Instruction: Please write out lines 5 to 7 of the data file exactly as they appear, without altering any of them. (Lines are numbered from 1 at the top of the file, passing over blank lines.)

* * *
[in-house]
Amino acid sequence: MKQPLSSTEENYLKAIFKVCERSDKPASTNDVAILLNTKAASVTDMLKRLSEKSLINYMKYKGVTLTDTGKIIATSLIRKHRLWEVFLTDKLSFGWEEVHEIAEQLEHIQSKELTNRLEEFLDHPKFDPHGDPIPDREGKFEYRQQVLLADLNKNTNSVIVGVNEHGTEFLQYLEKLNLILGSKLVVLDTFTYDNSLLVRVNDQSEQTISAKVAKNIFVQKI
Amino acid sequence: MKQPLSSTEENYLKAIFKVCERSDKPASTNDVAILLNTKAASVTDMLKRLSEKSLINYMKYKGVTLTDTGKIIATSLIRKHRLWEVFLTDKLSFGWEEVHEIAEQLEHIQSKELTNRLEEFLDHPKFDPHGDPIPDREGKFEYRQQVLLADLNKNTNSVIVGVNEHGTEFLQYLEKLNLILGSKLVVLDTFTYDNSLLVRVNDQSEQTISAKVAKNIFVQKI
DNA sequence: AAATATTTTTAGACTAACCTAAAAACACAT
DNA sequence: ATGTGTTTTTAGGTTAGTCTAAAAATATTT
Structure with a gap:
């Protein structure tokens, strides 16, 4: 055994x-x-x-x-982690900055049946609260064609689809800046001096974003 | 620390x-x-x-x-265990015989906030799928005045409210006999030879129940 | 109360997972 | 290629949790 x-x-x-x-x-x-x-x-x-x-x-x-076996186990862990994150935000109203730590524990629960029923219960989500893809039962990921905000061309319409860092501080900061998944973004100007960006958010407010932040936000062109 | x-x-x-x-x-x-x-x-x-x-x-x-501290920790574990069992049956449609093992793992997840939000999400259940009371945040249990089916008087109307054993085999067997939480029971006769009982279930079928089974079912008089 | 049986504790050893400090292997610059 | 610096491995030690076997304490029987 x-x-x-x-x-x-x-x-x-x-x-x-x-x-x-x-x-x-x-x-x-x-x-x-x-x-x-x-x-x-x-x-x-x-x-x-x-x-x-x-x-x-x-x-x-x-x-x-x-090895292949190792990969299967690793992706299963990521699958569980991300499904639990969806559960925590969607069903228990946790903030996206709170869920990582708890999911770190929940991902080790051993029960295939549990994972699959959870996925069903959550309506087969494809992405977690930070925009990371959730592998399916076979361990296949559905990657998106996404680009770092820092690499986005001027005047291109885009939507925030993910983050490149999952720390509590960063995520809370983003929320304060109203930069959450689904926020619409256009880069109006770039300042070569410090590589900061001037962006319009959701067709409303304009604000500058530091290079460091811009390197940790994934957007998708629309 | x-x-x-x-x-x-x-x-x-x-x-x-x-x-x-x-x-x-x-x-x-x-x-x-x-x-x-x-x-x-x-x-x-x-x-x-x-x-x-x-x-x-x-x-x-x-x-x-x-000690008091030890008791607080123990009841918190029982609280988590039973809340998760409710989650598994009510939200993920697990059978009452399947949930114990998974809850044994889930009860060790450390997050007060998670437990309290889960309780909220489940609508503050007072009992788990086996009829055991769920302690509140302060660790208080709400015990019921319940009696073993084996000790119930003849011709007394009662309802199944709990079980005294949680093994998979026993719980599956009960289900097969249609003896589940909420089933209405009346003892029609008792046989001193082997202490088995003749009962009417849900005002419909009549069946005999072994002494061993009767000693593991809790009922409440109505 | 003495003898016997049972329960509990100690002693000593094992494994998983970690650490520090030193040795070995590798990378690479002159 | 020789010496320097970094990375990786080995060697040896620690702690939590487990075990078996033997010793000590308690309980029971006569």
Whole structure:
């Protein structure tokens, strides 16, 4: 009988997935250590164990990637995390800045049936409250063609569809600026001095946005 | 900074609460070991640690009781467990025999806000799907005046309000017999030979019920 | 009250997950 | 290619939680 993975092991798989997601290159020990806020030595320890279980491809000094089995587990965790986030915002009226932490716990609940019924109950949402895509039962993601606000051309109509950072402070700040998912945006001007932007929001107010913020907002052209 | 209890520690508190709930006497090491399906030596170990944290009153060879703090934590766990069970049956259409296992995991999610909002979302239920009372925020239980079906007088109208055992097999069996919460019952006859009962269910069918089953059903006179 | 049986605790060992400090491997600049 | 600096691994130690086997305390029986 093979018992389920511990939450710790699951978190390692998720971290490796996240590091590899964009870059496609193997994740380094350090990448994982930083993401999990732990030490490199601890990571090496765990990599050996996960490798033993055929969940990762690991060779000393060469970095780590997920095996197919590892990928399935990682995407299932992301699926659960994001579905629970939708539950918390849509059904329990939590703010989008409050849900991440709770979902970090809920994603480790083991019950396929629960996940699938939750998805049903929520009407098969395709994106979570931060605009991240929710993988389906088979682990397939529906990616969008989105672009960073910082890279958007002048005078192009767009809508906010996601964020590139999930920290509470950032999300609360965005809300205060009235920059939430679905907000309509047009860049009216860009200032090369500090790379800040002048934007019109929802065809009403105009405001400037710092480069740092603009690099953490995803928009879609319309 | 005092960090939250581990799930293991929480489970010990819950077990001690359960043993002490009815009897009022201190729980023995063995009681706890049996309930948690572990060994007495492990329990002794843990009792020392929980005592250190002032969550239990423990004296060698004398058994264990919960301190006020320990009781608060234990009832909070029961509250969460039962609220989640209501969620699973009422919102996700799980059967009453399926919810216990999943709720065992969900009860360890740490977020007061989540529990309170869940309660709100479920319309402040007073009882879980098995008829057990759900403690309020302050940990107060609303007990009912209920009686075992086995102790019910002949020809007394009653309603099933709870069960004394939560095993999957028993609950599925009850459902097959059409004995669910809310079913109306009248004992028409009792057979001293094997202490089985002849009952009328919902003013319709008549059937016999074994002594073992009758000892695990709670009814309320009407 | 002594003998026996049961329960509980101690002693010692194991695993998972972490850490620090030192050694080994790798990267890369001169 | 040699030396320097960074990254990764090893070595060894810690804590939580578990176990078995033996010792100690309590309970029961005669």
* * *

DNA sequence: ATGTGTTTTTAGGTTAGTCTAAAAATATTT
Structure with a gap:
């Protein structure tokens, strides 16, 4: 055994x-x-x-x-982690900055049946609260064609689809800046001096974003 | 620390x-x-x-x-265990015989906030799928005045409210006999030879129940 | 109360997972 | 290629949790 x-x-x-x-x-x-x-x-x-x-x-x-076996186990862990994150935000109203730590524990629960029923219960989500893809039962990921905000061309319409860092501080900061998944973004100007960006958010407010932040936000062109 | x-x-x-x-x-x-x-x-x-x-x-x-501290920790574990069992049956449609093992793992997840939000999400259940009371945040249990089916008087109307054993085999067997939480029971006769009982279930079928089974079912008089 | 049986504790050893400090292997610059 | 610096491995030690076997304490029987 x-x-x-x-x-x-x-x-x-x-x-x-x-x-x-x-x-x-x-x-x-x-x-x-x-x-x-x-x-x-x-x-x-x-x-x-x-x-x-x-x-x-x-x-x-x-x-x-x-090895292949190792990969299967690793992706299963990521699958569980991300499904639990969806559960925590969607069903228990946790903030996206709170869920990582708890999911770190929940991902080790051993029960295939549990994972699959959870996925069903959550309506087969494809992405977690930070925009990371959730592998399916076979361990296949559905990657998106996404680009770092820092690499986005001027005047291109885009939507925030993910983050490149999952720390509590960063995520809370983003929320304060109203930069959450689904926020619409256009880069109006770039300042070569410090590589900061001037962006319009959701067709409303304009604000500058530091290079460091811009390197940790994934957007998708629309 | x-x-x-x-x-x-x-x-x-x-x-x-x-x-x-x-x-x-x-x-x-x-x-x-x-x-x-x-x-x-x-x-x-x-x-x-x-x-x-x-x-x-x-x-x-x-x-x-x-000690008091030890008791607080123990009841918190029982609280988590039973809340998760409710989650598994009510939200993920697990059978009452399947949930114990998974809850044994889930009860060790450390997050007060998670437990309290889960309780909220489940609508503050007072009992788990086996009829055991769920302690509140302060660790208080709400015990019921319940009696073993084996000790119930003849011709007394009662309802199944709990079980005294949680093994998979026993719980599956009960289900097969249609003896589940909420089933209405009346003892029609008792046989001193082997202490088995003749009962009417849900005002419909009549069946005999072994002494061993009767000693593991809790009922409440109505 | 003495003898016997049972329960509990100690002693000593094992494994998983970690650490520090030193040795070995590798990378690479002159 | 020789010496320097970094990375990786080995060697040896620690702690939590487990075990078996033997010793000590308690309980029971006569």